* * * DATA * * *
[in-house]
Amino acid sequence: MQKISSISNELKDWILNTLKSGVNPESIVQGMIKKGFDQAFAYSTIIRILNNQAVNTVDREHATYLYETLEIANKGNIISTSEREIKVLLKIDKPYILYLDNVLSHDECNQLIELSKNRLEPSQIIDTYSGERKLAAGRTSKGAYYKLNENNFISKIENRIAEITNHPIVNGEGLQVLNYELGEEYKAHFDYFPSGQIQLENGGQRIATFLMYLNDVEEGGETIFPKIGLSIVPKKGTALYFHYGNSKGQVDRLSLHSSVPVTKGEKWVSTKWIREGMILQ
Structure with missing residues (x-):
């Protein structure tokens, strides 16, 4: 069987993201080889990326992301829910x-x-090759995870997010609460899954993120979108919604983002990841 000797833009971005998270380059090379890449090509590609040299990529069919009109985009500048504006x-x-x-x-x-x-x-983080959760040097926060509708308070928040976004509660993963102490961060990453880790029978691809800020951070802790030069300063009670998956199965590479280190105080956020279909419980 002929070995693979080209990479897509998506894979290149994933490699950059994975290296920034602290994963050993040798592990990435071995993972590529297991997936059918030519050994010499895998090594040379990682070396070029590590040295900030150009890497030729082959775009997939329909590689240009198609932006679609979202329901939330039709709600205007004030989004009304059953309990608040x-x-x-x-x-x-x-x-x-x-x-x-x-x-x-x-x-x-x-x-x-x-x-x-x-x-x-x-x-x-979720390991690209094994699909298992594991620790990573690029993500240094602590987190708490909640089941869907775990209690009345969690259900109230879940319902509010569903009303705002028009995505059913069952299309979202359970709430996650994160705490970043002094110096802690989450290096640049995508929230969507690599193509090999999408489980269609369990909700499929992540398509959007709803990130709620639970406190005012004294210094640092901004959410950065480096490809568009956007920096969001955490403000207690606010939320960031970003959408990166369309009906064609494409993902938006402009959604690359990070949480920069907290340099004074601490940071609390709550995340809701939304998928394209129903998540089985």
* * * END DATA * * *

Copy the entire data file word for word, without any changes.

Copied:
[in-house]
Amino acid sequence: MQKISSISNELKDWILNTLKSGVNPESIVQGMIKKGFDQAFAYSTIIRILNNQAVNTVDREHATYLYETLEIANKGNIISTSEREIKVLLKIDKPYILYLDNVLSHDECNQLIELSKNRLEPSQIIDTYSGERKLAAGRTSKGAYYKLNENNFISKIENRIAEITNHPIVNGEGLQVLNYELGEEYKAHFDYFPSGQIQLENGGQRIATFLMYLNDVEEGGETIFPKIGLSIVPKKGTALYFHYGNSKGQVDRLSLHSSVPVTKGEKWVSTKWIREGMILQ
Structure with missing residues (x-):
């Protein structure tokens, strides 16, 4: 069987993201080889990326992301829910x-x-090759995870997010609460899954993120979108919604983002990841 000797833009971005998270380059090379890449090509590609040299990529069919009109985009500048504006x-x-x-x-x-x-x-983080959760040097926060509708308070928040976004509660993963102490961060990453880790029978691809800020951070802790030069300063009670998956199965590479280190105080956020279909419980 002929070995693979080209990479897509998506894979290149994933490699950059994975290296920034602290994963050993040798592990990435071995993972590529297991997936059918030519050994010499895998090594040379990682070396070029590590040295900030150009890497030729082959775009997939329909590689240009198609932006679609979202329901939330039709709600205007004030989004009304059953309990608040x-x-x-x-x-x-x-x-x-x-x-x-x-x-x-x-x-x-x-x-x-x-x-x-x-x-x-x-x-x-979720390991690209094994699909298992594991620790990573690029993500240094602590987190708490909640089941869907775990209690009345969690259900109230879940319902509010569903009303705002028009995505059913069952299309979202359970709430996650994160705490970043002094110096802690989450290096640049995508929230969507690599193509090999999408489980269609369990909700499929992540398509959007709803990130709620639970406190005012004294210094640092901004959410950065480096490809568009956007920096969001955490403000207690606010939320960031970003959408990166369309009906064609494409993902938006402009959604690359990070949480920069907290340099004074601490940071609390709550995340809701939304998928394209129903998540089985």